Lenny Henry Live: So Much Things To Say Review

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by AVForums Nov 1, 2005 at 12:00 AM

    You've got to give credit to Lenny Henry - most young people today wouldn't know who he is or if they did it would probably be for Comic Relief - but people forget that he's been around a long time and he started out doing stand-up comedy back in 1975 so he knows what he's doing! I watched this DVD shortly after reviewing the most recent Peter Kay “Live at the Manchester Arena” DVD - all 47 minutes of it. Here the first thing that impressed me was that Lenny was up performing for 1 hour 51 minutes - I had criticised the Peter Kay DVD for it's lack of new material and poor value for money, the same can't be said for this show so one-up to Mr.Henry. On this disc, Lenny Henry performs at the Hackney Empire in London following his latest successful appearance on TV doing the “Lenny Henry Show”

    So Much Things To Say is Lenny Henry's first recorded stand-up show for eleven years but you wouldn't know it watching the man - he is so at ease in front of the audience. His ability to bridge both the age and racial gap is part of his appeal - you'd think the audience for this would be primarily black, but it is entirely mixed and this is credit to his humour. He was able to make fun of both black and white stereotypes because he had experienced them both - he can say things that most white comedians would steer clear of but he always looks for the humour in any situation, bringing the audience together. This show is not stand-up in it's purest form however - the first 30 minutes or so is, but after that it turns more into a one-man show as Henry acts out various characters. The second half of the show is entirely made up of Henry performing an intertwining role play between the various characters he introduced us to in the first half. You have to admire his mental dexterity and his ability to conjure up the feeling that these characters are actually present and at some points interacting with each other.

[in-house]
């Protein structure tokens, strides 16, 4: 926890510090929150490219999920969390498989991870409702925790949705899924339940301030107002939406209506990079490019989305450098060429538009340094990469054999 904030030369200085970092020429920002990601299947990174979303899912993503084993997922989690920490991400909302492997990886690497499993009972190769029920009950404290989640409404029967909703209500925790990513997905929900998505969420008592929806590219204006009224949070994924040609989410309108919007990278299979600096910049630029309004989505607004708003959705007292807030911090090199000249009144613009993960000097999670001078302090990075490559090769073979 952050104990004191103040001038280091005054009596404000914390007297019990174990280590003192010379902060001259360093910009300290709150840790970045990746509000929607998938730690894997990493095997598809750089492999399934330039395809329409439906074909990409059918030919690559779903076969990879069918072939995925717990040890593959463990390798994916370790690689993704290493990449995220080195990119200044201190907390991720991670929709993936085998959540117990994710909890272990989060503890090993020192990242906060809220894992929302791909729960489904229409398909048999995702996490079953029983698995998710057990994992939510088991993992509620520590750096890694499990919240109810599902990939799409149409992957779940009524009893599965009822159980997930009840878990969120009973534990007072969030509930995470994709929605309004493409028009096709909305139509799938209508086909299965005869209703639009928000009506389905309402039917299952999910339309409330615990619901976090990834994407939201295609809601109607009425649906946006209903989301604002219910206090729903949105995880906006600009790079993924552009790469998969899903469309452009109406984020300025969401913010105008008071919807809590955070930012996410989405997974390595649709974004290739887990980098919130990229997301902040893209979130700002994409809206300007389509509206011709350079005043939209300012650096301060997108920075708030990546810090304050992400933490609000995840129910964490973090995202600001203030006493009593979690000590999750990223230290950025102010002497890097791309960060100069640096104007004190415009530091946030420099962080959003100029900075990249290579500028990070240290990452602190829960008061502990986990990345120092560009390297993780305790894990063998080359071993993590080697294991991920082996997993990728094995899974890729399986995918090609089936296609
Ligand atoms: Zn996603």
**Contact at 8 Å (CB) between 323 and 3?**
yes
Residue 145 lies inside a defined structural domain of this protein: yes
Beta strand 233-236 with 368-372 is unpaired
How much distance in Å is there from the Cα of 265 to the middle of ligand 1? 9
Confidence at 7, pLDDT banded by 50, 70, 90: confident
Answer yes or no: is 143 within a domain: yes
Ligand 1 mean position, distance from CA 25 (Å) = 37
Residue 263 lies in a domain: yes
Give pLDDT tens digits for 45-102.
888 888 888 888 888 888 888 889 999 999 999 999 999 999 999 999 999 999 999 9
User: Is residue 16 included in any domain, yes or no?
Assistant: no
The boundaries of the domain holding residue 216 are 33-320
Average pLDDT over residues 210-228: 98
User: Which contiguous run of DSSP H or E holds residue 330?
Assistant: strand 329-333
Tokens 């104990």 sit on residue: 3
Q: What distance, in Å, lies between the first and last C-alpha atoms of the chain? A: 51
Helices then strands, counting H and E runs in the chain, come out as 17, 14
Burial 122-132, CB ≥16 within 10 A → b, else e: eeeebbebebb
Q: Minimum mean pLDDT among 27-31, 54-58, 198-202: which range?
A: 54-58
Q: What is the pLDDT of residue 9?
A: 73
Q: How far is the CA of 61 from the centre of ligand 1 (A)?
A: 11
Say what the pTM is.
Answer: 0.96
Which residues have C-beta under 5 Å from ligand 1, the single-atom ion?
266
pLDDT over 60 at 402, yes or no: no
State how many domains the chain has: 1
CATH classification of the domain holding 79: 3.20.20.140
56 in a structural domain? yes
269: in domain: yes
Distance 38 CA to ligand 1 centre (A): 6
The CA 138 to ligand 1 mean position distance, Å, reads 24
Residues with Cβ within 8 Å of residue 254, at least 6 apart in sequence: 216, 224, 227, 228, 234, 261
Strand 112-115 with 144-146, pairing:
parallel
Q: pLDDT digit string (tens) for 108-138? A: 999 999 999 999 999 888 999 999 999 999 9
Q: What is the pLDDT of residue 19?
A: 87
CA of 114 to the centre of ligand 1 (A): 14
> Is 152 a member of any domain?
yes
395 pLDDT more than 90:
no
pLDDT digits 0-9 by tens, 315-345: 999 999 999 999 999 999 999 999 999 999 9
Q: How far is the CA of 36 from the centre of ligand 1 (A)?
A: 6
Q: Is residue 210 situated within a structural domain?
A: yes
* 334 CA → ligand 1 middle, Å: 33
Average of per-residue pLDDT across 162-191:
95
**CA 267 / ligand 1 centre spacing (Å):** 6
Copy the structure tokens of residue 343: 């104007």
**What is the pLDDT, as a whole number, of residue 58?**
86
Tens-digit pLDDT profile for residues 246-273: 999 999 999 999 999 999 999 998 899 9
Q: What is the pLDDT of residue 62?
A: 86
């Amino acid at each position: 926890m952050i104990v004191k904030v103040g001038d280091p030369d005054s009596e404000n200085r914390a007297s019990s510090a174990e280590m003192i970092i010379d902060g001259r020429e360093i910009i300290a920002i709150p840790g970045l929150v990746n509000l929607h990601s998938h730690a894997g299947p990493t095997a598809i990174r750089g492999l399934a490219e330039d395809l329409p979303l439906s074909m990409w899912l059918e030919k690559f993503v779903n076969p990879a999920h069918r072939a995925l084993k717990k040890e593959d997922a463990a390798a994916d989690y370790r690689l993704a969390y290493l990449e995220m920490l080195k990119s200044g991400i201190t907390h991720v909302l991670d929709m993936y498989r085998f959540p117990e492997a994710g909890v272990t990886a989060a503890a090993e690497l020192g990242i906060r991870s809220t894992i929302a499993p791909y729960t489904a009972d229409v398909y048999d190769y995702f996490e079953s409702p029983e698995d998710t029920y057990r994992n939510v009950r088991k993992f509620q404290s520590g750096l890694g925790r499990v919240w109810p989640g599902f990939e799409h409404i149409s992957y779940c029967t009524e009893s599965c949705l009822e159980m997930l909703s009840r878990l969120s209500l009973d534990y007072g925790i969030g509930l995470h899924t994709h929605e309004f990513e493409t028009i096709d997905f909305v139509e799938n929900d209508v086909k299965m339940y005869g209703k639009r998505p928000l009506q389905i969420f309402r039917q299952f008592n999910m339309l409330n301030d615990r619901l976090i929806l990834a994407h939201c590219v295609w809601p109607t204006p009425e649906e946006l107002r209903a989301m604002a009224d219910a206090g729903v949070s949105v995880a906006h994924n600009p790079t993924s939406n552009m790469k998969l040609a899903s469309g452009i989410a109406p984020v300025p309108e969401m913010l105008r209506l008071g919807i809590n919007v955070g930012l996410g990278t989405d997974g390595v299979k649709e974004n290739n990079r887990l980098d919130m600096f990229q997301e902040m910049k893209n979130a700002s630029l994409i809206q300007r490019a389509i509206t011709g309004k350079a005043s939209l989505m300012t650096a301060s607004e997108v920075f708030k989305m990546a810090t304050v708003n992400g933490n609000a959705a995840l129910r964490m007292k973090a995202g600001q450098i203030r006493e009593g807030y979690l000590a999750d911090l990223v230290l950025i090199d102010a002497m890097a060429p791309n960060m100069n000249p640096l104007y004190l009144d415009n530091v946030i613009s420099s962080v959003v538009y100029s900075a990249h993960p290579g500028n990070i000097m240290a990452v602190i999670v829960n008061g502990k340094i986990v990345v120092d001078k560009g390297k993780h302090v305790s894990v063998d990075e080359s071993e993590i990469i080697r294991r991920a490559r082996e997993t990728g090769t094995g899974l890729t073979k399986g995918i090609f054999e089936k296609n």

Personally I enjoyed his pure stand-up better than the character based stuff and accurately observed as it was, I prefer Henry when he's spontaneously interacting with the audience and making quick one-liners rather than the monologues seen here. As I say, this is just my personal preference but if you think of this as more of a one-man show rather than a traditional stand-up event then you won't be disappointed.

    The Rundown

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